As film director Martin Scorsese once mused, “Cinema is a matter of what’s in the frame and what’s out.” Perhaps the same could be said about the law: that in preparing for a trial, or crafting a lawsuit, or even analyzing a rule or regulation, it’s as much about what you include as what you do not.

This Sunday, the Academy of Motion Picture Arts and Sciences will once again meet to celebrate the year’s best movies, actors, screenwriters, and filmmakers. (Side note: “Maestro,” nominated for seven Oscars, was co-written by Harvard Law School alumnus Josh Singer ’01 with Bradley Cooper!)

In anticipation of the awards ceremony, Harvard Law Today asked members of the faculty for their favorite law-related movie, tv show, or character — and why.

Martha Minow, 300th Anniversary University Professor: Among my favorites and perhaps less well known than “My Cousin Vinny,” “Witness for the Prosecution,” and many others featured in posters in the WCC, is the 1942 film, “Talk of the Town.”  Wrapped inside a romantic comedy, this film brings together a law professor/Supreme Court justice nominee, a schoolteacher, and political activist/prison escapee accused of arson and murder who debate the demands of law, the demands of justice, rules, and community attitudes. Watching how they learn from one another and change their positions make it both fascinating and delightful. Director George Stevens filmed two different endings and tested them with audiences; the actors, including supporting actors are superb, and the issues remain timely and relevant!

Idriss Fofana, assistant professor of law: My favorite law-related movie is probably the Australian movie “The Castle.” The best part of the movie is this exchange. The Judge asks, “What section of the constitution has been breached?” To which the protagonist responds, “Section? What section? There is no one section. It is just the vibe of the thing. It is all part of it.” That sums up my understanding of constitutional case law.

Audrey Lee, lecturer on law: A favorite law character of mine is Diane Lockhart from “The Good Wife” and “The Good Fight.” I love her character because she is smart and witty and she does everything with a sense of humor and style.

Todd D. Rakoff ’75, Byrne Professor of Administrative Law: “Witness for the Prosecution” (1957 film). Agatha Christie creates all-time courtroom (and extra-courtroom) drama. It flips, and then it flips, and then it flips again. (But it didn’t win any Oscar.)

Susannah Barton Tobin ’04, Ezra Ripley Thayer Senior Lecturer on Law: There are so many terrific movies and tv shows about the law. I’ll limit myself to three. First, the 1982 film “The Verdict” (nominated for five Oscars) features Paul Newman as a down-and-almost-out Boston attorney who takes a medical malpractice case in order to save his career. The city of Boston is itself a character, and Newman gives one of his finest performances. The 2019 film “Just Mercy” features the great Michael B. Jordan as Bryan Stevenson ’85 in the adaptation of Stevenson’s brilliant memoir about his career fighting injustices in the criminal legal system (read the book and watch the movie!). Finally, my students in Section 7 know that my comfort rewatch show is “The West Wing,” full of politics, law, and idealism about democracy and public service.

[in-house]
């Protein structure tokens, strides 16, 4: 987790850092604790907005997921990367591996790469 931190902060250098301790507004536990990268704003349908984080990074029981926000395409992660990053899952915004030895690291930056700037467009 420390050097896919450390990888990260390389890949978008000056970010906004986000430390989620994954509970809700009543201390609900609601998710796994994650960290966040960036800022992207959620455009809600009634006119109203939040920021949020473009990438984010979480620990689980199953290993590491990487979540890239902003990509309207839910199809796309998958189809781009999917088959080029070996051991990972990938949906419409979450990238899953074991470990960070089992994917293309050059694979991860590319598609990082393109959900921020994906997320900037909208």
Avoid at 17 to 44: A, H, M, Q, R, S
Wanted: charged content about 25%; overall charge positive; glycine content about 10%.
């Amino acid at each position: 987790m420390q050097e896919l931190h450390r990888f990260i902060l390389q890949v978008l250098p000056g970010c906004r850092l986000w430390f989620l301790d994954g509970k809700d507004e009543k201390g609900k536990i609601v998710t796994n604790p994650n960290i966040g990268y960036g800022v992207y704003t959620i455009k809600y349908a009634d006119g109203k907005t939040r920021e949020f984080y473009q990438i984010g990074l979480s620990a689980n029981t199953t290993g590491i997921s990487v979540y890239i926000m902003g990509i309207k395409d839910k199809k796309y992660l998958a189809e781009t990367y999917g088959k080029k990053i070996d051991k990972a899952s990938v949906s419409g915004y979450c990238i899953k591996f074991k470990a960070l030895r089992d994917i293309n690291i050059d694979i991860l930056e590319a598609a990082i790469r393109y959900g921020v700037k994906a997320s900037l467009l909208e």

Sam Garcia, lecturer on law: My favorite law themed movie: “Lincoln Lawyer.” It is one of my favorites because my dad was a plaintiffs’ lawyer in South Texas and before that he was known for being a larger-than-life criminal defense attorney. So, the movie reminds me a lot of my dad!

Stephen Sachs, Antonin Scalia Professor of Law: “Witness for the Prosecution” — extraordinary performances by Marlene Dietrich and Charles Laughton. A true classic!

Molly Brady, Louis D. Brandeis Professor of Law and deputy dean: It’s a tie for me: I will never not laugh at Charlie Day’s character in Always Sunny in Philadelphia, who fancies himself an expert in “bird law,” and also the “Bob Loblaw” character in Arrested Development.

I. Glenn Cohen, James A. Attwood and Leslie Williams Professor of Law and deputy dean: I recently watched “Anatomy of a Fall,” the wonderful French film, and loved it. I don’t do criminal law, let alone French criminal law, but I found the questions it raised about the ways in which court proceedings are and are not good ways of reconstructing what actually happened as well as the questions of how much likability should matter to be fascinating.

As a true nerd, I also love the way in which science fiction allows us to examine legal concepts. So in my 1L reading group on bioethics on film we often watch and discuss “Minority Report” as a way into thinking about what the criminal justice system should be trying to achieve. Of course Star Trek is chock full of amazing episodes about law (The Next Generation’s “The Measure of a Man” is an excellent example). I also love how you can find interesting legal/bioethical issues even in shows that in the end turn out to “jump the shark” such as Westworld (after the great Season 1 I wrote this blog post about all the issues I found interesting). Finally, it would be a mistake not to include video games as interesting explorations of law — I think, for example, of Disco Elysium, as a relatively recent example.

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